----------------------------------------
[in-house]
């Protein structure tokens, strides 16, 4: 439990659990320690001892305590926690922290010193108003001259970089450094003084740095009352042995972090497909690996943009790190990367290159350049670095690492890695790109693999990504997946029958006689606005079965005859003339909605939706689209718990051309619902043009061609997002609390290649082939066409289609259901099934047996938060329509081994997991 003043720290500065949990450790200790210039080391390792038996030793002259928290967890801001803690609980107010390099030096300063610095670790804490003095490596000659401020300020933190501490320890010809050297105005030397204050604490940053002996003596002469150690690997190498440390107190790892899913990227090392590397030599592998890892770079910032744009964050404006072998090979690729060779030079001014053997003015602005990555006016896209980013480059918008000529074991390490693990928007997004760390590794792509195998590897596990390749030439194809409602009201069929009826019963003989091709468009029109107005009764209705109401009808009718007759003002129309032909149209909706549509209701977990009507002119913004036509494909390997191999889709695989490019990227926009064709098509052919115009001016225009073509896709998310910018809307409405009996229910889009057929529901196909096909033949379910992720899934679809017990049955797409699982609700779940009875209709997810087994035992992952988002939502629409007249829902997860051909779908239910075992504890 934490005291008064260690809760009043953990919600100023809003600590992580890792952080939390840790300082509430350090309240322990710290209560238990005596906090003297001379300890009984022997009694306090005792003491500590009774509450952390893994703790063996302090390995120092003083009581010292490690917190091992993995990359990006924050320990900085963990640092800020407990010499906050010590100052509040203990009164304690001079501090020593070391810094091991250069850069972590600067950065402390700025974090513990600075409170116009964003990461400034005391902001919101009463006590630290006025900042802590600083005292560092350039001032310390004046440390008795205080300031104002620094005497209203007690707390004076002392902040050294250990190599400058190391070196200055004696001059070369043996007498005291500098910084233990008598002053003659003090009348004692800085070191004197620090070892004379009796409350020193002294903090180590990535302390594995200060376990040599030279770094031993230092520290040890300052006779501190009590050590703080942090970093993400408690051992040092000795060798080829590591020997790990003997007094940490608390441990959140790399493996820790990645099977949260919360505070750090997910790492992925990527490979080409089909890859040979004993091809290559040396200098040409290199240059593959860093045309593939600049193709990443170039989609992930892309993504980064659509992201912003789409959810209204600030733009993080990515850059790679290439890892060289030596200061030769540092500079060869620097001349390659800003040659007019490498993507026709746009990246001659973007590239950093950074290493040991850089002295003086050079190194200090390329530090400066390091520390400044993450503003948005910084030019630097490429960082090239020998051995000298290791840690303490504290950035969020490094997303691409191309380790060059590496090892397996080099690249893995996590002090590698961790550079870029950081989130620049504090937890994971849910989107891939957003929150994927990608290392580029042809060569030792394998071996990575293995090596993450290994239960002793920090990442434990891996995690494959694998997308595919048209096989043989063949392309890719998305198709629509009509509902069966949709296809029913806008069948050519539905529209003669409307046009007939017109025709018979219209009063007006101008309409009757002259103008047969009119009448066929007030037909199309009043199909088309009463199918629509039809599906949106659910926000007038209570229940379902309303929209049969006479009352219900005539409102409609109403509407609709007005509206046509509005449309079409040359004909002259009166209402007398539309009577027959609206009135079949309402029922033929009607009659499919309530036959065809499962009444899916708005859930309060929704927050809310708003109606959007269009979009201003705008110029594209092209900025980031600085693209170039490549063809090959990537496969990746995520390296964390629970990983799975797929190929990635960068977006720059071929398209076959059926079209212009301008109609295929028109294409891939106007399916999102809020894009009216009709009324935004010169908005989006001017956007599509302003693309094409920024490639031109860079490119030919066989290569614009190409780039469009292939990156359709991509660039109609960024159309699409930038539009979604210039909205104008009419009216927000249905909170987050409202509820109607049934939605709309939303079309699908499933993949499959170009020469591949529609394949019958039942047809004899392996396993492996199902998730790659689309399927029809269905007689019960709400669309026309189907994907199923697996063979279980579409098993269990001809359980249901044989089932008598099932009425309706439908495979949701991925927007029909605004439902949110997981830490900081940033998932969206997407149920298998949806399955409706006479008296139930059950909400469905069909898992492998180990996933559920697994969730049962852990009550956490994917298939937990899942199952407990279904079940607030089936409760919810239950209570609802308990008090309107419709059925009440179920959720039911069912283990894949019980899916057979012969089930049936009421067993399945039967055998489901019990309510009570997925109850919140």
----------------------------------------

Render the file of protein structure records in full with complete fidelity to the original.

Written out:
[in-house]
């Protein structure tokens, strides 16, 4: 439990659990320690001892305590926690922290010193108003001259970089450094003084740095009352042995972090497909690996943009790190990367290159350049670095690492890695790109693999990504997946029958006689606005079965005859003339909605939706689209718990051309619902043009061609997002609390290649082939066409289609259901099934047996938060329509081994997991 003043720290500065949990450790200790210039080391390792038996030793002259928290967890801001803690609980107010390099030096300063610095670790804490003095490596000659401020300020933190501490320890010809050297105005030397204050604490940053002996003596002469150690690997190498440390107190790892899913990227090392590397030599592998890892770079910032744009964050404006072998090979690729060779030079001014053997003015602005990555006016896209980013480059918008000529074991390490693990928007997004760390590794792509195998590897596990390749030439194809409602009201069929009826019963003989091709468009029109107005009764209705109401009808009718007759003002129309032909149209909706549509209701977990009507002119913004036509494909390997191999889709695989490019990227926009064709098509052919115009001016225009073509896709998310910018809307409405009996229910889009057929529901196909096909033949379910992720899934679809017990049955797409699982609700779940009875209709997810087994035992992952988002939502629409007249829902997860051909779908239910075992504890 934490005291008064260690809760009043953990919600100023809003600590992580890792952080939390840790300082509430350090309240322990710290209560238990005596906090003297001379300890009984022997009694306090005792003491500590009774509450952390893994703790063996302090390995120092003083009581010292490690917190091992993995990359990006924050320990900085963990640092800020407990010499906050010590100052509040203990009164304690001079501090020593070391810094091991250069850069972590600067950065402390700025974090513990600075409170116009964003990461400034005391902001919101009463006590630290006025900042802590600083005292560092350039001032310390004046440390008795205080300031104002620094005497209203007690707390004076002392902040050294250990190599400058190391070196200055004696001059070369043996007498005291500098910084233990008598002053003659003090009348004692800085070191004197620090070892004379009796409350020193002294903090180590990535302390594995200060376990040599030279770094031993230092520290040890300052006779501190009590050590703080942090970093993400408690051992040092000795060798080829590591020997790990003997007094940490608390441990959140790399493996820790990645099977949260919360505070750090997910790492992925990527490979080409089909890859040979004993091809290559040396200098040409290199240059593959860093045309593939600049193709990443170039989609992930892309993504980064659509992201912003789409959810209204600030733009993080990515850059790679290439890892060289030596200061030769540092500079060869620097001349390659800003040659007019490498993507026709746009990246001659973007590239950093950074290493040991850089002295003086050079190194200090390329530090400066390091520390400044993450503003948005910084030019630097490429960082090239020998051995000298290791840690303490504290950035969020490094997303691409191309380790060059590496090892397996080099690249893995996590002090590698961790550079870029950081989130620049504090937890994971849910989107891939957003929150994927990608290392580029042809060569030792394998071996990575293995090596993450290994239960002793920090990442434990891996995690494959694998997308595919048209096989043989063949392309890719998305198709629509009509509902069966949709296809029913806008069948050519539905529209003669409307046009007939017109025709018979219209009063007006101008309409009757002259103008047969009119009448066929007030037909199309009043199909088309009463199918629509039809599906949106659910926000007038209570229940379902309303929209049969006479009352219900005539409102409609109403509407609709007005509206046509509005449309079409040359004909002259009166209402007398539309009577027959609206009135079949309402029922033929009607009659499919309530036959065809499962009444899916708005859930309060929704927050809310708003109606959007269009979009201003705008110029594209092209900025980031600085693209170039490549063809090959990537496969990746995520390296964390629970990983799975797929190929990635960068977006720059071929398209076959059926079209212009301008109609295929028109294409891939106007399916999102809020894009009216009709009324935004010169908005989006001017956007599509302003693309094409920024490639031109860079490119030919066989290569614009190409780039469009292939990156359709991509660039109609960024159309699409930038539009979604210039909205104008009419009216927000249905909170987050409202509820109607049934939605709309939303079309699908499933993949499959170009020469591949529609394949019958039942047809004899392996396993492996199902998730790659689309399927029809269905007689019960709400669309026309189907994907199923697996063979279980579409098993269990001809359980249901044989089932008598099932009425309706439908495979949701991925927007029909605004439902949110997981830490900081940033998932969206997407149920298998949806399955409706006479008296139930059950909400469905069909898992492998180990996933559920697994969730049962852990009550956490994917298939937990899942199952407990279904079940607030089936409760919810239950209570609802308990008090309107419709059925009440179920959720039911069912283990894949019980899916057979012969089930049936009421067993399945039967055998489901019990309510009570997925109850919140």